Not noticed having more leg cramps than usual since diagnosis though, but then I’ve had them regardless over the years, especially after sitting on the floor. Maybe they’ve been a sign of my Polycythaemia vera (PV) all these years?! I’ve taken daily aspirin for over a decade so I hope that’s helped lessen the cramps along with its blood-thinning. Interesting link though :face_with_monocle:

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Hi Duncan, welcome to the forum. I have another Myeloproliferative neoplasms (MPN), essential thrombocythemia, caused by a JAK2 mutation and was also classed as young when I got diagnosed (43). I am nearly two years since diagnosis and still generally feeling well. I have the added complication of peri-menopause thrown into the mix now so difficult to tell if my (minor) symptoms are related to Essential thrombocythemia (ET) or that. If it is any comfort, I have an aunt (blood relative) who was diagnosed with Polycythaemia vera (PV) at a similar age to me and she is now in her 70s and still fit and healthy so that certainly inspires me. She has had some periods with some complications but certainly in the 30 odd years she has had Polycythaemia vera (PV) she has generally kept well. My Essential thrombocythemia (ET) is currently quite well under control, although I have an appointment next week to check so can never be certain. This forum and website it a great place for information and support. Look after yourself!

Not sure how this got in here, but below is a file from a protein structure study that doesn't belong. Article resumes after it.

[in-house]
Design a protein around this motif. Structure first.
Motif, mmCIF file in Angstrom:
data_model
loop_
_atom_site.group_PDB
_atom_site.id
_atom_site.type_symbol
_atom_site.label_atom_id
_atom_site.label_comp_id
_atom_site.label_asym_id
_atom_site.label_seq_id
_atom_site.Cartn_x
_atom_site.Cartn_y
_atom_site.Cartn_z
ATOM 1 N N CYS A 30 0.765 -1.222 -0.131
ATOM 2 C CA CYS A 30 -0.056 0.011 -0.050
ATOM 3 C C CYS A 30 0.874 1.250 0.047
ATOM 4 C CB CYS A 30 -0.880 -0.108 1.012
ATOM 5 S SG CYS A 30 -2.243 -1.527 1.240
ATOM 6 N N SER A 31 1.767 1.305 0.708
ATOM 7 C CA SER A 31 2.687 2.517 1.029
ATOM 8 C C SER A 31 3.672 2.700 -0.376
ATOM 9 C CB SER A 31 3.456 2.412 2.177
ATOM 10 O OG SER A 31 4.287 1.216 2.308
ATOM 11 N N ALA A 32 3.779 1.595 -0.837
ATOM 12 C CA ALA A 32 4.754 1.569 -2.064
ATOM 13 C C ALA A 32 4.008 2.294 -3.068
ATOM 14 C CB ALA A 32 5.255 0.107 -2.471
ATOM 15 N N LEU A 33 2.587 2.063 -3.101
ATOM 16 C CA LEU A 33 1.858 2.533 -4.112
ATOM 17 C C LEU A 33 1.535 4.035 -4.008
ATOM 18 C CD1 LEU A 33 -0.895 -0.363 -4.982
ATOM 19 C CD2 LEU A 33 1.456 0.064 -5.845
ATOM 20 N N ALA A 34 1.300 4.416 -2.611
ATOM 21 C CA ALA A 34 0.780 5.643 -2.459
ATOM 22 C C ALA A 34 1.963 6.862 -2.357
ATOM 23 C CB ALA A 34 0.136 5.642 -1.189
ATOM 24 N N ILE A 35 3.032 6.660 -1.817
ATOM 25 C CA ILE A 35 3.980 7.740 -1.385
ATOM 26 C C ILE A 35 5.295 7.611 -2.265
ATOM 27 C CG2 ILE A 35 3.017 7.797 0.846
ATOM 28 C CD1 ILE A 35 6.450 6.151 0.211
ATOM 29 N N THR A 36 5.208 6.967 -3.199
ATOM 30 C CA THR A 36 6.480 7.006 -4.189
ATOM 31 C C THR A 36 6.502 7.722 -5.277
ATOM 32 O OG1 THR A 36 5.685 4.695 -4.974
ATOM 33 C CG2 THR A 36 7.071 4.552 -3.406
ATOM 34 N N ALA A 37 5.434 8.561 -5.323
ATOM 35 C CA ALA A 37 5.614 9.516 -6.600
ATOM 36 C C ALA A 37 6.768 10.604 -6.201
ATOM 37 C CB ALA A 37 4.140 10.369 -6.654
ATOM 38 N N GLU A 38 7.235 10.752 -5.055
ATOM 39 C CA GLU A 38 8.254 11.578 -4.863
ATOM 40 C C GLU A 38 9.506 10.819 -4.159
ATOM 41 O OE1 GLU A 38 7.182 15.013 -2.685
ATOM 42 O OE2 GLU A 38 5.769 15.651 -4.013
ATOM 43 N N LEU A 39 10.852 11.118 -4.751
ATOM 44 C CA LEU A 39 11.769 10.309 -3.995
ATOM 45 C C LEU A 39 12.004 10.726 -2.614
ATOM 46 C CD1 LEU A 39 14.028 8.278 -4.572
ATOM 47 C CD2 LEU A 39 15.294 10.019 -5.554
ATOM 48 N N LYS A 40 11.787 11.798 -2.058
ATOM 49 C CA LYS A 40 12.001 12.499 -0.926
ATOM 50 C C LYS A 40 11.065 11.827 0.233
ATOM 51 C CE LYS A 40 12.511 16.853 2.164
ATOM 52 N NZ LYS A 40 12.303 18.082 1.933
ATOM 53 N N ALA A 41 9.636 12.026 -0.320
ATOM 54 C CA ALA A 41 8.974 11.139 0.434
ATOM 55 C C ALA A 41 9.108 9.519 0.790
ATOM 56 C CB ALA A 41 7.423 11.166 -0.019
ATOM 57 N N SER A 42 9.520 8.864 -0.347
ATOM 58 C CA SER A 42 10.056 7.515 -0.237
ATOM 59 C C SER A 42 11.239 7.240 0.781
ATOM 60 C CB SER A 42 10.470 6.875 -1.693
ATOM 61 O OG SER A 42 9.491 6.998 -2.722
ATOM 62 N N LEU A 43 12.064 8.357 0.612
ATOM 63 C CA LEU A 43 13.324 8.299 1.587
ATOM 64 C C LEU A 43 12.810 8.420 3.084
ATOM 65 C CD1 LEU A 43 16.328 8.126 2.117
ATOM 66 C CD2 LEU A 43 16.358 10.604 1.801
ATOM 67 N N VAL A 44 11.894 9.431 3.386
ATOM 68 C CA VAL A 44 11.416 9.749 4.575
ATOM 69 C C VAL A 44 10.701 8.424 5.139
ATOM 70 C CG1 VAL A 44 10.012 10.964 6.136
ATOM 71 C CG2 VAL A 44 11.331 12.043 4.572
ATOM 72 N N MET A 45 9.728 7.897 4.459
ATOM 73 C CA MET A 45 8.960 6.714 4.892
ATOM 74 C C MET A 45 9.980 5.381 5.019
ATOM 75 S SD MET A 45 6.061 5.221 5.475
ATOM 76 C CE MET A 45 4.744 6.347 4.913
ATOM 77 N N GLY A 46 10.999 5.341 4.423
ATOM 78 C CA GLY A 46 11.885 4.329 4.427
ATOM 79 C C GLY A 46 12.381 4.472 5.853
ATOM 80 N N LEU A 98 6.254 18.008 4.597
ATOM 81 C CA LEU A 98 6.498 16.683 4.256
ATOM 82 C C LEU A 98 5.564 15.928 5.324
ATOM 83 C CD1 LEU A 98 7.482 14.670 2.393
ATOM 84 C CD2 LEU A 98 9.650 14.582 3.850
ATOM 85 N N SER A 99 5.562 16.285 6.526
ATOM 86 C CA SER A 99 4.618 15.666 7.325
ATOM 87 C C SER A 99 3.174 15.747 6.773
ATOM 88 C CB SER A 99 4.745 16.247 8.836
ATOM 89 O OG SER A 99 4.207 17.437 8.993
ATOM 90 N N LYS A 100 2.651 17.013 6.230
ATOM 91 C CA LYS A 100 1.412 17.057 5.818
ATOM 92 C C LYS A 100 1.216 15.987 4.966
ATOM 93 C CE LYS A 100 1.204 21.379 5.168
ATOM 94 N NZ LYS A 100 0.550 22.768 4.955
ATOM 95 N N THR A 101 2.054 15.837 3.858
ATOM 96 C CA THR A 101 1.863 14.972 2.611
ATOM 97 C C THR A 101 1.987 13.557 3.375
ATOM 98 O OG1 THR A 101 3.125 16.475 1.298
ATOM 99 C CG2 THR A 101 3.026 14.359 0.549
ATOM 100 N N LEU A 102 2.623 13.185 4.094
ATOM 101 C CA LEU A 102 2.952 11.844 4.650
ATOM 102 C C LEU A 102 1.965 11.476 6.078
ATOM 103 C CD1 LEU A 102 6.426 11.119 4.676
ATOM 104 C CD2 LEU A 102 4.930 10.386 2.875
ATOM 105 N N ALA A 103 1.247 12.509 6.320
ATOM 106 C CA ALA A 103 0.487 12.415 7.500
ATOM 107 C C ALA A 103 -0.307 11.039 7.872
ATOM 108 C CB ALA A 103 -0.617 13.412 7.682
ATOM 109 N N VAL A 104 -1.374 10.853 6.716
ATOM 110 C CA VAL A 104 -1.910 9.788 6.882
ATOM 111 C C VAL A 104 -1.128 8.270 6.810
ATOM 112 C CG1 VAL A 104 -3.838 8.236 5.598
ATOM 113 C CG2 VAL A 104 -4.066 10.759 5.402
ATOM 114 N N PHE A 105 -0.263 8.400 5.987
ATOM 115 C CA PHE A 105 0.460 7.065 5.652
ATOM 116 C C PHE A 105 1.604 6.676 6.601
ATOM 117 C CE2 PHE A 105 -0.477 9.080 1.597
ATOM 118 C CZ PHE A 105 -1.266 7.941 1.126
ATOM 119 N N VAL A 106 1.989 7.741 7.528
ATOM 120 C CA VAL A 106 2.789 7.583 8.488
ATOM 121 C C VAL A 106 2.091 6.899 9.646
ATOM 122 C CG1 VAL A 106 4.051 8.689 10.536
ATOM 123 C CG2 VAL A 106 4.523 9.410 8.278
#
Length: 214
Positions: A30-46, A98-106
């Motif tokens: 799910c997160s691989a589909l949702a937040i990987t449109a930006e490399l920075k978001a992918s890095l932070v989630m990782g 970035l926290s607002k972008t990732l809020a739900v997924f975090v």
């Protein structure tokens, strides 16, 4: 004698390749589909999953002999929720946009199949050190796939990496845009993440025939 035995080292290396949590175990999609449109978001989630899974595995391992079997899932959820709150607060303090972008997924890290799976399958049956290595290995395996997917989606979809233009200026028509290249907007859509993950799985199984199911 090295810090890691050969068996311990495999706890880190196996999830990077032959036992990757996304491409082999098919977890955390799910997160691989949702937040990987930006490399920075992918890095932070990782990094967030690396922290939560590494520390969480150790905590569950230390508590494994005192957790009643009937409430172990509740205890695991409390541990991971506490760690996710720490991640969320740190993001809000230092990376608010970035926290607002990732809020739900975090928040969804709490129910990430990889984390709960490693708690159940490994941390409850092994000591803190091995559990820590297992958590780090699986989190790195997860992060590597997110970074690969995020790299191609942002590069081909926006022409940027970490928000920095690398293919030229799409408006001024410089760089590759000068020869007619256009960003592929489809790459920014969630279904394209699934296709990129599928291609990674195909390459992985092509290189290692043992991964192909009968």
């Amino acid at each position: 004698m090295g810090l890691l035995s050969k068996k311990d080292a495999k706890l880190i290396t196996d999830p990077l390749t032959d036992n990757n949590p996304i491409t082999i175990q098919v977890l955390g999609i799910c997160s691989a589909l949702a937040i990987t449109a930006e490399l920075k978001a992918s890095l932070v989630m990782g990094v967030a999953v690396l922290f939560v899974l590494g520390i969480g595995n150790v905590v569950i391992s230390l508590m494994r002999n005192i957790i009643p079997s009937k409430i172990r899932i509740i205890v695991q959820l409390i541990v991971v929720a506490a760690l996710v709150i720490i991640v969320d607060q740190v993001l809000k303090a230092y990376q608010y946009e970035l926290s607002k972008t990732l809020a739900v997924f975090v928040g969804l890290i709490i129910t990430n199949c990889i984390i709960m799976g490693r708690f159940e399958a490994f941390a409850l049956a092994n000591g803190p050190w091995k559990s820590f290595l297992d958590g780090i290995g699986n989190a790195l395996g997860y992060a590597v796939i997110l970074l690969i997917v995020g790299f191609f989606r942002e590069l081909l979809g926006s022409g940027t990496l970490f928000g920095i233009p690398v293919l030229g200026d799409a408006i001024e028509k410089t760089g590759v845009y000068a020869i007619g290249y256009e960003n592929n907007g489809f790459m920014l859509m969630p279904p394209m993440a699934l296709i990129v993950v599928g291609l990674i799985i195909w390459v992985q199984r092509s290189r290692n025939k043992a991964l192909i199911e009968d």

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Aw hello there @ljs, so lovely to read your comment. So you’re another young survivor! Welcome to you too, I hope you find the forum as helpful as I do.

Really sorry to read that you’ve also been diagnosed with an Myeloproliferative neoplasms (MPN), but you sound like you have such a great mindset about it all. I really am finding that reducing stress helps tolerate the worst of my Polycythaemia vera (PV), namely the fatigue. Don’t know about you but I went through a whole bunch of other side effects after starting hydroxyurea but that’s all settled down now as my body got used to the chemotherapy. Still weirds me out thinking I’m ingesting chemotherapy every day!